Presentation on theme: "The Beliefs of Islam. 7.2.2 Trace the origins of Islam and the life and teachings of Muhammad, including Islamic teachings on the connection with Judaism."— Presentation transcript:
7.2.2 Trace the origins of Islam and the life and teachings of Muhammad, including Islamic teachings on the connection with Judaism and Christianity.
7.2.3 Explain the significance of the Qur’an and the Sunnah as the primary sources of Islamic beliefs, practice, and law, and their influence in Muslims’ daily life.
Background Knowledge According to Muslim belief, Islam is based on worship of the same God that inspired the Jewish and Christian religions. Muslims also honor the Jewish and Christian prophets –Muhammad revealed the purest version of God’s truth.
Sacred Writings Muslims recognize the Jewish Torah and the Christian Gospels as holy books. Qur’an, the Muslim holy book. The most sacred text in Islam
The Qur’an The word of God. –It is the record of 22 years of revelations to Muhammad –first revelation cave outside Mecca in 610 and continued until his death in 632.
The Qur’an Muhammad delivered the words that had been revealed to him. His followers memorized the revelations and also wrote some of them down. The Qur’an was compiled as a book in 651, nineteen years after Muhammad’s death. –It has remained largely unchanged since then.
The Qur’an The Qur’an consists of 114 chapters, each made up of verses. –nature of God, creation, and the human soul –also address moral, legal, and family issues. Much of the language is highly poetic.
Reciting the Qur’an Muslims believe that because the Qur’an is the word of God, it must be studied in its original language. Muslims treat the Qur’an with great devotion. –carry a copy with them, memorize passages and used in children’s reading and writing lessons
The Sunnah traditions of the prophet – words and actions of Muhammad himself guidelines for living a proper life. helps interpret difficult parts of the Qur’an
The Sunnah The Hadith is the written record of the Sunnah. –thoughts and actions based on accounts from people who knew Muhammad Many of these passages deal with Islamic law. Others promote moral or ethical concepts.
The Sunnah God chose Muhammad as his prophet, therefore he is the perfect model for their own behavior. By following the Sunnah, they are being faithful to Islamic principles.
The Sunnah “The one who eats his fill while his neighbor goes without food is not a believer. God does not look upon your bodies and appearances, He looks upon your hearts and your deeds.” - Hadith
Core Beliefs The principal belief is the existence of one God, called Allah. God created the universe and all things in it. –no human figure represents God Muhammad was a prophet, he had no divine power himself. –This belief sets Islam apart from Christianity, which recognizes Jesus as the Son of God.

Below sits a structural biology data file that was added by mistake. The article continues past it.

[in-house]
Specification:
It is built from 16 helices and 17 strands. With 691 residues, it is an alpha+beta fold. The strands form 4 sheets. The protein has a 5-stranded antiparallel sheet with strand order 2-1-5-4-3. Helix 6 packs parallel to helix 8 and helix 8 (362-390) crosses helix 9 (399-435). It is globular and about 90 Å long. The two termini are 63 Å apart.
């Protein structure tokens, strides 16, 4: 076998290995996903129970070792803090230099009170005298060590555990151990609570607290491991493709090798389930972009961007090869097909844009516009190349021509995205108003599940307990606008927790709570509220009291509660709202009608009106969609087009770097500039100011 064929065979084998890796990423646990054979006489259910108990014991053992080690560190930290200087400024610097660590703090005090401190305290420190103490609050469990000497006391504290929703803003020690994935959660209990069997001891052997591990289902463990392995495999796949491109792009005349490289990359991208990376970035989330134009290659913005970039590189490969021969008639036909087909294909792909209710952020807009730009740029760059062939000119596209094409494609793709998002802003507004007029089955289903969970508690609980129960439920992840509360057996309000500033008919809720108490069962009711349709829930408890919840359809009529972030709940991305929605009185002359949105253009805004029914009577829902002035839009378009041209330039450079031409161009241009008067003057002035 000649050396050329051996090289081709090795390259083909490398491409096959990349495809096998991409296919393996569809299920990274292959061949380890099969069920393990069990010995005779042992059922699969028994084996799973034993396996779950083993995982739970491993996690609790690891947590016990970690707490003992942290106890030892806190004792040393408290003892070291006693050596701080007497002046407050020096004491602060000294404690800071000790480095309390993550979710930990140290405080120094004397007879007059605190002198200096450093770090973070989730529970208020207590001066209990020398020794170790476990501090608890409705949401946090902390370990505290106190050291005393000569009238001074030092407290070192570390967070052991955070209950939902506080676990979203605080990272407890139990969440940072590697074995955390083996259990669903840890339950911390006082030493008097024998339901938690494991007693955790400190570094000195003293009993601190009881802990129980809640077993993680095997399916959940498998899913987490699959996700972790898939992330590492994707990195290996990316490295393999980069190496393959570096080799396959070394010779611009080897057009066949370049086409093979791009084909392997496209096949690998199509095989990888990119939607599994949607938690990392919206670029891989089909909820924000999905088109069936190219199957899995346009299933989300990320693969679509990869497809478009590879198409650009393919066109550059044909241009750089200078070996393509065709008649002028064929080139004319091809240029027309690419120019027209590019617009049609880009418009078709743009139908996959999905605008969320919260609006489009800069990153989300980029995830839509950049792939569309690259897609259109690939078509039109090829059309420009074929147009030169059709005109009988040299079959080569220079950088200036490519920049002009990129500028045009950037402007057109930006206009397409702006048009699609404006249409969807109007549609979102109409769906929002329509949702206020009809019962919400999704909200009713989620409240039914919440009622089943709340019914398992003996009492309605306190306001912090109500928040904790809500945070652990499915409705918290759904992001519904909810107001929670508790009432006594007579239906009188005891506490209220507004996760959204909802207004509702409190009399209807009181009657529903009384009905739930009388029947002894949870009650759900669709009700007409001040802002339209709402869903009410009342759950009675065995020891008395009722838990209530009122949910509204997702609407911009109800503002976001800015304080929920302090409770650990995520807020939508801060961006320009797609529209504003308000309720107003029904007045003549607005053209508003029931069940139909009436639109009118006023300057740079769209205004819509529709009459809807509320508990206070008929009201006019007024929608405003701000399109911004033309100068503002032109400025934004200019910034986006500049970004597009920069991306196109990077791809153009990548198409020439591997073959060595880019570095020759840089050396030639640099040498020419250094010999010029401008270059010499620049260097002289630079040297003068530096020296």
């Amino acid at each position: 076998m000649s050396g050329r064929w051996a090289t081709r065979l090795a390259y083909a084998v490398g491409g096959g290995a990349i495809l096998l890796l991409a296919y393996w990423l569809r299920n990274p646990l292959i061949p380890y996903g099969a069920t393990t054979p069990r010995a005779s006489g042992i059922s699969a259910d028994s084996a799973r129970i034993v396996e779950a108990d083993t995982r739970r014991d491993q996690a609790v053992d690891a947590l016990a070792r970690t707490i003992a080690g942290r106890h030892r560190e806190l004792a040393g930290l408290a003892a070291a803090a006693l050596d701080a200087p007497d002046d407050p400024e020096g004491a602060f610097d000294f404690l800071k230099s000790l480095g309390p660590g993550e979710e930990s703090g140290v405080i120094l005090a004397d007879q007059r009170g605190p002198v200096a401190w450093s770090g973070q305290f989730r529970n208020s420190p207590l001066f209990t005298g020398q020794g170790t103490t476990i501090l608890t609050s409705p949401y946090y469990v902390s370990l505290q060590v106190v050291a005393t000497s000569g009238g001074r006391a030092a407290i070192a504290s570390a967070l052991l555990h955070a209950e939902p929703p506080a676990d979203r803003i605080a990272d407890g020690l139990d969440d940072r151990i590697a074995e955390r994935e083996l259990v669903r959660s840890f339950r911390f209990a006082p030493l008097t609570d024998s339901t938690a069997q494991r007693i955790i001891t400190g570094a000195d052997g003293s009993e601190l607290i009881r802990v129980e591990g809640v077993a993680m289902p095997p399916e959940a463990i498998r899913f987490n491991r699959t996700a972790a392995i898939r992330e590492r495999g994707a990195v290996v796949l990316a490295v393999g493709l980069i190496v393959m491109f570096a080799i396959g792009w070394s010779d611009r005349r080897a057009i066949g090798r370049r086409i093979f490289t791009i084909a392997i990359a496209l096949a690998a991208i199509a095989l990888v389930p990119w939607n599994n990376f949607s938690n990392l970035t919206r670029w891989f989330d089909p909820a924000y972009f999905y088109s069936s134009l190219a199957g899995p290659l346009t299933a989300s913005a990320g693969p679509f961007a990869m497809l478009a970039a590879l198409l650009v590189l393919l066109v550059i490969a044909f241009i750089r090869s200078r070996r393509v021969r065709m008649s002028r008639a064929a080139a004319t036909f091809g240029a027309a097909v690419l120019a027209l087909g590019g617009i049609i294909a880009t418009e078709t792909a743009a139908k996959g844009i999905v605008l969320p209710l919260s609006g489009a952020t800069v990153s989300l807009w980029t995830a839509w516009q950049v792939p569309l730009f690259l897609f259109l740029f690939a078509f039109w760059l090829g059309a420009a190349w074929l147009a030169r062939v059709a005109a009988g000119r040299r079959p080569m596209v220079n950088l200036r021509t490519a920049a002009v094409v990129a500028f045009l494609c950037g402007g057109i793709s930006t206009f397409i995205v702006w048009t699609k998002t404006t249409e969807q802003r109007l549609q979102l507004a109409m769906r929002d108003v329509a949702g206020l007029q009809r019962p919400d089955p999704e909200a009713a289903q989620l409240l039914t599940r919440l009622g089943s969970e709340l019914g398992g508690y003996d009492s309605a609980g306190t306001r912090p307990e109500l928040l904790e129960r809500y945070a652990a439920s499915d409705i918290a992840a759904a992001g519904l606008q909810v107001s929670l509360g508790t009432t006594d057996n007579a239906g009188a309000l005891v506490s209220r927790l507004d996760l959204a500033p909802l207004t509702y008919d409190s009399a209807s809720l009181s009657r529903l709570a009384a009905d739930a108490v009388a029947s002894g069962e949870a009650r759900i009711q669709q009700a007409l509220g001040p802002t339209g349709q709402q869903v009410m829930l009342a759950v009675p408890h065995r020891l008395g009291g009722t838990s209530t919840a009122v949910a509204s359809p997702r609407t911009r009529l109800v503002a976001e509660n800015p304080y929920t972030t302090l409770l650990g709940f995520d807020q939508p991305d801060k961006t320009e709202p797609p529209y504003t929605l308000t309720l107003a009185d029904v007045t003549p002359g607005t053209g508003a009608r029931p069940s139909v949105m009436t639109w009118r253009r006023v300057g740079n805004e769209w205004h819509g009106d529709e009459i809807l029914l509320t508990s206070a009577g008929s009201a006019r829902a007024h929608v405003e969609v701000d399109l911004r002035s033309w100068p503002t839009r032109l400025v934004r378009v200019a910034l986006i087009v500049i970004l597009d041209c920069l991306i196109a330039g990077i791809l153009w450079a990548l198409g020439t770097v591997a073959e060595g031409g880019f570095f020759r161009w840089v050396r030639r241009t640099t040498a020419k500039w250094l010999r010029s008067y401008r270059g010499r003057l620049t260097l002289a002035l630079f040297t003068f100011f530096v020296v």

The Soul and the Afterlife each person has an individual and eternal soul. freedom to choose between good and evil. –choices in life affect what happens after death.
The Soul and the Afterlife Afterlife is spent in heaven or in hell. –On judgment day, God will decide who will be saved. Those who have not worshiped God or followed God’s laws end up in hell. Obey God’s words and surrendered your life to God, you go to heaven
Iman – Declaration of Faith Shahada –“There is no God but God; Muhammad is the messenger of God.”
Salat - Prayer Muslims are expected to pray five times a day. –Sunrise –Noon –Mid- afternoon –Sunset –Evening –muezzin, or prayer caller, announces the times of prayer from the tower of a mosque.
Salat - Prayer A mosque is a Muslim house of worship. Muslims kneel and face in the direction of Mecca. –f–frequently, begin their prayers with the first lines of the Qur’an
Sawm - Fasting Fasting means not eating or drinking for a period of time. Ramadan is the month in which Muhammad received his first revelation. Muslims are to eat no food between daybreak and sunset. –t–tests Muslims’ submission to God –r–reminder of the hunger of the poor
Zakat - Alms-giving or charity Alms are goods or money given to the poor or needy. –I–It is the duty of all Muslims to share their wealth with those less fortunate.
Hajj - Pilgrimage A pilgrimage is a journey to a sacred place or shrine. The Qur’an requires every Muslim to make the hajj, pilgrimage to Mecca, at least once, if possible. By bringing Muslims from all parts of the world together every year, the hajj strengthens the community of Islam. During the hajj, pilgrims take part in many. The most important ritual is the circling of the Kaaba. Muslims believe that the black stone was sent down from heaven in ancient times. Pilgrims circle the Kaaba seven times, hoping to touch or kiss the stone at least once. Over many centuries, the touch of pilgrims has worn the stone smooth.
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